Obama also said it was NOT a tax, but now in court he is arguing it is a tax and that's why it's constitutional....Wouldn't it be great to have a President that told the truth...at least some of the time....
Judge uses Obama’s words against him
By Stephen Dinan The Washington Times 4:47 p.m., Monday, January 31, 2011
In ruling against President Obama‘s health care law, federal Judge Roger Vinson used Mr. Obama‘s own position from the 2008 campaign against him, arguing that there are other ways to tackle health care short of requiring every American to purchase insurance.
“I note that in 2008, then-Senator Obama supported a health care reform proposal that did not include an individual mandate because he was at that time strongly opposed to the idea, stating that ‘if a mandate was the solution, we can try that to solve homelessness by mandating everybody to buy a house,’” Judge Vinson wrote in a footnote toward the end of the 78-page ruling Monday.
Judge Vinson, a federal judge in the northern district of Florida, struck down the entire health care law as unconstitutional on Monday, though he is allowing the Obama administration to continue to implement and enforce it while the government appeals his ruling.
The footnote was attached to the most critical part of Judge Vinson‘s ruling, in which he said the “principal dispute” in the case was not whether Congress has the power to tackle health care, but whether it has the power to compel the purchase of insurance.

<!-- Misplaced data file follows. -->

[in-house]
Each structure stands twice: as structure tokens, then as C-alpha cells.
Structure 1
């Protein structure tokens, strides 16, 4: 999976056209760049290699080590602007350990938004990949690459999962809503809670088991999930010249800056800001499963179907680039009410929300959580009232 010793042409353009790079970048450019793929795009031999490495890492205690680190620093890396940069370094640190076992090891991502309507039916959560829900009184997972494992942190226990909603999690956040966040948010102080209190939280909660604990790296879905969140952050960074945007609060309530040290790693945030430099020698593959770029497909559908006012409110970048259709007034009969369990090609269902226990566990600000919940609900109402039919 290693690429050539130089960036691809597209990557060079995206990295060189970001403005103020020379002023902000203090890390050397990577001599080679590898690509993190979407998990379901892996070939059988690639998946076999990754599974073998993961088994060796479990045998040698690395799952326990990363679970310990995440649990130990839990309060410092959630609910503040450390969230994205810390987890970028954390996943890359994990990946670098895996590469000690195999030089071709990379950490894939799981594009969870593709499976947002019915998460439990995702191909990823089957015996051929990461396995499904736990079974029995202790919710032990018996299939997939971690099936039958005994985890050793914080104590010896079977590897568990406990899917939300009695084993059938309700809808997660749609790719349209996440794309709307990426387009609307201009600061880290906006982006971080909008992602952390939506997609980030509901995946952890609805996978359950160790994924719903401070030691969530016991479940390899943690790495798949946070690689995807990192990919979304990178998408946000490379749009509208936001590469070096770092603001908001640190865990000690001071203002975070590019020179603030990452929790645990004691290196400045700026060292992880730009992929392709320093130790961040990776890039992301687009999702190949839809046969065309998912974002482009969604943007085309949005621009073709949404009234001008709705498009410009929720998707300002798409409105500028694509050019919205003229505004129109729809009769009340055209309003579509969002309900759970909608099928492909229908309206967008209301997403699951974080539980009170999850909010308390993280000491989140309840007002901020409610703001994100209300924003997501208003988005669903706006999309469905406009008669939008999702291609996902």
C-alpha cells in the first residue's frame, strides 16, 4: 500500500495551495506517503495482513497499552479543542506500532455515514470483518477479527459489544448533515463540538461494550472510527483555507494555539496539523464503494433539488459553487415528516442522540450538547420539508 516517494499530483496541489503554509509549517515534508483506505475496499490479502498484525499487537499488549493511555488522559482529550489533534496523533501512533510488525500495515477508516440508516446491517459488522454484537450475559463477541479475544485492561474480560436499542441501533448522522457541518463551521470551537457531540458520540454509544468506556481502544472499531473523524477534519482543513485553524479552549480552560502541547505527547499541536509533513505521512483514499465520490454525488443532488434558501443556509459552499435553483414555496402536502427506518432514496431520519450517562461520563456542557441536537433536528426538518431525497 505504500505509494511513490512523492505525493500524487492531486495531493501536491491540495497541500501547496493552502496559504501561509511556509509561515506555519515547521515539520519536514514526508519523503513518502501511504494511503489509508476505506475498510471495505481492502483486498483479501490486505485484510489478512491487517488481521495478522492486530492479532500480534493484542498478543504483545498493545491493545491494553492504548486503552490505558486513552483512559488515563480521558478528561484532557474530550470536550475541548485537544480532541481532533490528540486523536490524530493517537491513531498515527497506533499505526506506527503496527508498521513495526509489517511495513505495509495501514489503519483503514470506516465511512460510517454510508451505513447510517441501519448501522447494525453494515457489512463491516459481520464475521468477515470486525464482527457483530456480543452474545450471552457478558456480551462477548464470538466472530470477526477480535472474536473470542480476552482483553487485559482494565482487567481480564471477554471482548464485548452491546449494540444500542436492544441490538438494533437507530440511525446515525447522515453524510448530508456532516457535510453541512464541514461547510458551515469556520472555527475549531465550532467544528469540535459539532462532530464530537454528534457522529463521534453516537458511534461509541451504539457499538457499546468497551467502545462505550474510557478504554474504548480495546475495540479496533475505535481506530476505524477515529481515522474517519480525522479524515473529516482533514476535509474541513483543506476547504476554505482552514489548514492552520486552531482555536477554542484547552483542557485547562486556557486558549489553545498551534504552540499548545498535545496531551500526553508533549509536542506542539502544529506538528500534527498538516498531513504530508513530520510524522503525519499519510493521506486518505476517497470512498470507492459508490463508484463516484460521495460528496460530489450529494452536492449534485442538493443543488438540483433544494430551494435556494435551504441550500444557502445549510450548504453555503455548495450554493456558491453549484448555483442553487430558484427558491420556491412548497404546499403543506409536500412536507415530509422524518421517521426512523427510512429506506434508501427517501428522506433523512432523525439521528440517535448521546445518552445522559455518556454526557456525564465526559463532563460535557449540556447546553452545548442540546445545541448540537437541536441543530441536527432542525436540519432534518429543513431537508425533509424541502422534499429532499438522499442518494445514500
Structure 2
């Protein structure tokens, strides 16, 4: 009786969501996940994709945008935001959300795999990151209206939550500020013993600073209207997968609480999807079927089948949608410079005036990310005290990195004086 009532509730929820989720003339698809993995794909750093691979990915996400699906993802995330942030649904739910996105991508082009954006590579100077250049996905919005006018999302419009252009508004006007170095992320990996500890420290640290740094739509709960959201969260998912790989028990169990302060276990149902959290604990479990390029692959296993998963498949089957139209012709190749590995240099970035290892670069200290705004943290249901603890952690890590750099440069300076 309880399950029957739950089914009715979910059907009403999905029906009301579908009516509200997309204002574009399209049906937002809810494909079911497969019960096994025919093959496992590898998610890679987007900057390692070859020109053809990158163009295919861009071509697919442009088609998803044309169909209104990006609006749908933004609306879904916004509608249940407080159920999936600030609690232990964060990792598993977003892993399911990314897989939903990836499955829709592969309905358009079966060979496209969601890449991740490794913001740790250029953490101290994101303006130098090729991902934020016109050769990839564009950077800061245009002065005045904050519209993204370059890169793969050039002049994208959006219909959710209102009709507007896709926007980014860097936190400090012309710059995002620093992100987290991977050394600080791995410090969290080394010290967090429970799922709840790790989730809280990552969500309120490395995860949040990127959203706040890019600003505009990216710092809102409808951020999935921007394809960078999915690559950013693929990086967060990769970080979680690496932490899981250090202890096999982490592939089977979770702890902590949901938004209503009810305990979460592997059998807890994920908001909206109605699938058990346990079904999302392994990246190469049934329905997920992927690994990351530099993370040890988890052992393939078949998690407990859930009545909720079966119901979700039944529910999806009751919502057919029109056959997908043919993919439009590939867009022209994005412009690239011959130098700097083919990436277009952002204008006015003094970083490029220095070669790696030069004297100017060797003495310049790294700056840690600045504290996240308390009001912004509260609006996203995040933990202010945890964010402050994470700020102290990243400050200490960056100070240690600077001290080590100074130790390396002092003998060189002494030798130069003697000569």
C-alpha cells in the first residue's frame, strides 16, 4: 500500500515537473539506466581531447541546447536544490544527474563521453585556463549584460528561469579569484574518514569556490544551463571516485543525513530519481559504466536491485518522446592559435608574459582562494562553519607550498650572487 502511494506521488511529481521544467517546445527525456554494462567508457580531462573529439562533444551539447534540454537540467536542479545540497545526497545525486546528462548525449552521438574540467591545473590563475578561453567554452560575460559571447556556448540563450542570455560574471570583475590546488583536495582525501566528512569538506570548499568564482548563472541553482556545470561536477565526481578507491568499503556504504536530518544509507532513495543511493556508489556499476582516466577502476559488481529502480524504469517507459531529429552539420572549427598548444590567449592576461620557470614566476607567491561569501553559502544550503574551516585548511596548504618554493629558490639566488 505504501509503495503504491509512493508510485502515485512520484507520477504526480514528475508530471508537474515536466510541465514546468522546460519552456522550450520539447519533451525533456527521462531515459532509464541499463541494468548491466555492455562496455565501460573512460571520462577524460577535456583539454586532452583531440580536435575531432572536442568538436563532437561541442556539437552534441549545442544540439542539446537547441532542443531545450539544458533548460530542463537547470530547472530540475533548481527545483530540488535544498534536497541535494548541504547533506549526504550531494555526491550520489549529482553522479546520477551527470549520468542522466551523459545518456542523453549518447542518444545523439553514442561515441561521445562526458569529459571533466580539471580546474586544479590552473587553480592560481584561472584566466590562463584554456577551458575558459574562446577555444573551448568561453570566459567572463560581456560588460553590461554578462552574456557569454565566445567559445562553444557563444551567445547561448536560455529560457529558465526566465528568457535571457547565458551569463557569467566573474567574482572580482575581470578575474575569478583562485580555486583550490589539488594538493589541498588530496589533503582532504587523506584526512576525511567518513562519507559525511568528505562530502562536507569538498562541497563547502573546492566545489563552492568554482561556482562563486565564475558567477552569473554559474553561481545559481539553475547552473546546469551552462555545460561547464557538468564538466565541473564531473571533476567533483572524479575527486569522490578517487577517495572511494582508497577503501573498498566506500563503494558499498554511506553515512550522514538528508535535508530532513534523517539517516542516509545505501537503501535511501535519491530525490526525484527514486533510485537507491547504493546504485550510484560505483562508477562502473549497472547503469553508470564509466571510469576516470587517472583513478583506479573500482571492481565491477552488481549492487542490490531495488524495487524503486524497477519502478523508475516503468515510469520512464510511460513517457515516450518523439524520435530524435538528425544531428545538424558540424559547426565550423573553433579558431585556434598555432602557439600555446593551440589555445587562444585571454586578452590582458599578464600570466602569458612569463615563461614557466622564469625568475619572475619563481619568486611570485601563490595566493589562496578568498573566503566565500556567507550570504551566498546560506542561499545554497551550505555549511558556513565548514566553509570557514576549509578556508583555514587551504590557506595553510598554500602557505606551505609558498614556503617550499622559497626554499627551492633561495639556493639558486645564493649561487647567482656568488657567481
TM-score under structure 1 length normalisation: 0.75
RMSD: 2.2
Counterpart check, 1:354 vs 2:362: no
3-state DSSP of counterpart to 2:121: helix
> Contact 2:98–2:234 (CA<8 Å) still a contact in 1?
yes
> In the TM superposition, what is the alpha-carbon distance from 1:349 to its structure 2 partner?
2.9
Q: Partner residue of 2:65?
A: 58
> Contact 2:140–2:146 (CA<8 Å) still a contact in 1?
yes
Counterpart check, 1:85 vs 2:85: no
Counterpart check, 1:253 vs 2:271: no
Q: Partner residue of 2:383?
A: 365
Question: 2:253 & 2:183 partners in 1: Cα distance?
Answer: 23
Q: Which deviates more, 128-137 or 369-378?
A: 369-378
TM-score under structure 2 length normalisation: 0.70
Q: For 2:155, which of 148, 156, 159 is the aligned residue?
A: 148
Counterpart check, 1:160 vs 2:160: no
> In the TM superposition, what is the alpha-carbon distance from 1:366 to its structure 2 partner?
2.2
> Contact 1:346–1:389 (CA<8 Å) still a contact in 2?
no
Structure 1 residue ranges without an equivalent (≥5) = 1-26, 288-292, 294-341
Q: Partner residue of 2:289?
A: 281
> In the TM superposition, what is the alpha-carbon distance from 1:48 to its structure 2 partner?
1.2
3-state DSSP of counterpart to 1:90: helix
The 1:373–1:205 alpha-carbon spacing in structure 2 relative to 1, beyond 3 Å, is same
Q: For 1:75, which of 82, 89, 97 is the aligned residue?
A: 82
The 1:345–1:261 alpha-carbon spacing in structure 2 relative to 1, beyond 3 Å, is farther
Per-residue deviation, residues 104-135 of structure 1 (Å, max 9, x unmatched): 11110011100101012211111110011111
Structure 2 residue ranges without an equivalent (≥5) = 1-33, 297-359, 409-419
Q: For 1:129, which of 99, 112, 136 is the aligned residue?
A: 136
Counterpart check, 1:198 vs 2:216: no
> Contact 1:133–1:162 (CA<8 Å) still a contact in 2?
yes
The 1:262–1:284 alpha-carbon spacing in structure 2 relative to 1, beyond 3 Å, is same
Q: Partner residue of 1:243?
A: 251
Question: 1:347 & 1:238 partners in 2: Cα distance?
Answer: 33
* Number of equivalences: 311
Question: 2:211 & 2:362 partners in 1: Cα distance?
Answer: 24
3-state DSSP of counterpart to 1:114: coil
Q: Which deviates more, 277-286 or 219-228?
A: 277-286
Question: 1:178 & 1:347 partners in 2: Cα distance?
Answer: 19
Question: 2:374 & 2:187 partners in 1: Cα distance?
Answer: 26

Judge Vinson used Mr. Obama‘s campaign words from an interview with CNN to show that there are other options that could fall within the Constitution — including then-candidate Obama‘s plan.
During the presidential campaign, one key difference between Mr. Obama and his chief opponent, then-Sen. Hillary Rodham Clinton, was Mrs. Clinton‘s plan required all Americans to purchase insurance, and Mr. Obama‘s did not.
In the heat of the primaries in 2008, New York Times columnist Paul Krugman predicted Mr. Obama‘s opposition to an individual mandate could come back to haunt him: “If Mr. Obama gets to the White House and tries to achieve universal coverage, he’ll find that it can’t be done without mandates — but if he tries to institute mandates, the enemies of reform will use his own words against him.”
Mr. Obama has since defended the constitutionality of the individual mandate, arguing it’s the linchpin of the program to bring in more customers, which is key to expanding the availability and affordability of insurance.
Much of the 78-page ruling was a discussion of how the nation’s founding fathers, such as James Madison and Thomas Jefferson, set limits on congressional power. Judge Vinson also hypothesized that, under the Obama administration‘s legal theory, the government could mandate eating broccoli.
White House officials said that sort of “surpassingly curious reading” called into question Judge Vinson‘s entire ruling.
“There’s something thoroughly odd and unconventional about the analysis,” said a White House official who briefed reporters late Monday afternoon, speaking on condition of anonymity.